“We must resolve that from this day forward we shall eliminate every trace of coercion in the church we shall no longer measure our Christianity in terms of whether or not it agrees with the Christianity of Grandpa and Grandma, or any other ancestor. In short, we arc going to thaw out the church institute in the hope that it may become more pleasant for people to belong to it. By ‘more pleasant,’ I am simply expressing the wish that people be able to relate to each other without narrow-mindedness or coercion, no matter what they mayor may not happen to believe” (pp. 75, 76).

In the present process of “secularization” in which “society progressively shakes itself loose from the dominance of church authority it would be wrong for the church of today to determine what we must think and do” (pp. 82, 83). “Even morality has learned to walk on its own, no longer requiring a church either to invent it or approve it” (p. 84).

In this situation Kuitert sees that the churches need a new policy, never allowing themselves “to be lured into the temptation of lording over people rather than serving them . . . in full agreement with the Christian tradition” (cf. Mark 10:45) (p. 85). “That faith whieh best helps us to live as humans is the faith which, for the time being, ought to be considered the true faith.” “Such a faith . . . must move mountain, to state it biblically . . . often paddling upstream, directly against the main flow of culture. Faith asks: arc all people free? Do peace and justice prevail everywhere?” “. . . not until every last man, woman and child is free will we really be able to begin to dance, play, and find true joy” (p. 89).

Morality – Regarding morality, “it is not the case that religion itself discovers the best possible behavior; but rather, religion approves and adopts what a given society or community of people considers to be the best conduct” (p. 91). “Christianity has no specific norms and values of its own . . .” (p. 92). “I shall define Christian morality simply as behavior adopted and approved by Christians” (p. 92).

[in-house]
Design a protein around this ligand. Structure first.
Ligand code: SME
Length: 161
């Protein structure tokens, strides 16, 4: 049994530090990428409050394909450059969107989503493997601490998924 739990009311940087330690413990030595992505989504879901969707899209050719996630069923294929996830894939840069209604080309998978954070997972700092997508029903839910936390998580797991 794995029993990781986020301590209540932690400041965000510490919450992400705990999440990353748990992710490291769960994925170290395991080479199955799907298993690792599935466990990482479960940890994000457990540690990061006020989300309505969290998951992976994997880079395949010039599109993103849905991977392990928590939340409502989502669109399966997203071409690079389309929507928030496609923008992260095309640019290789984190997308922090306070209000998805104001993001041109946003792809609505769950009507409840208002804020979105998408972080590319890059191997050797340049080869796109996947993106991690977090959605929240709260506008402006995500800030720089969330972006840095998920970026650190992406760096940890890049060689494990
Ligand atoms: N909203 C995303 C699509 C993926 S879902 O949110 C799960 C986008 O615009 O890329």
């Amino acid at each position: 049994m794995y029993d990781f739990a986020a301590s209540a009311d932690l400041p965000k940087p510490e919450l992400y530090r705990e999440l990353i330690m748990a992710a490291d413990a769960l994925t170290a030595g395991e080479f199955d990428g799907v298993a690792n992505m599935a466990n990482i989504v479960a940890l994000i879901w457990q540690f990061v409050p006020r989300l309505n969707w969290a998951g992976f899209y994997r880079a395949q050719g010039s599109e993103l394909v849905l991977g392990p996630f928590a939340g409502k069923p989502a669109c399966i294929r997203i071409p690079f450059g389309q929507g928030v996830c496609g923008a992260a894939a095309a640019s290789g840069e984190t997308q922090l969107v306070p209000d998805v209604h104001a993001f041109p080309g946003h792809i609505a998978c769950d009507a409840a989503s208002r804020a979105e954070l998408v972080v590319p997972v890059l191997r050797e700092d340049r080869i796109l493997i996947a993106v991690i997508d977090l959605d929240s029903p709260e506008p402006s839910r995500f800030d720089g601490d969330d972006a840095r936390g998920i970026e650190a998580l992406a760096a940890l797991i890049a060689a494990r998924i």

“Christianity had adopted middle-class morality.”But the time has come when the answer of bourgeois morality is no longer relevant . . .” (p. 95). “Everything is different today than in the past.”. . . sexual morality is changing.” “Today sexuality has become a value with a goal of its own; not procreation, but the experience of pleasure.” “Children and young adults are no longer sexually restricted, but rather have been given more room to satisfy their curiosity with respect to the opposite sex and their own sexuality. This freedom has become an essential ingredient in mankind‘s progressive realization of its full humanity . . . . Hence, sexuality and marriage are not as rigidly bound together as in the past” (pp. 96, 97). “In the past, the institution of marriage was unalterable, whereas today a greater amount of room exists in which marriage partners may experiment in order to determine what, in their case, will constitute faithfulness” (p. 98).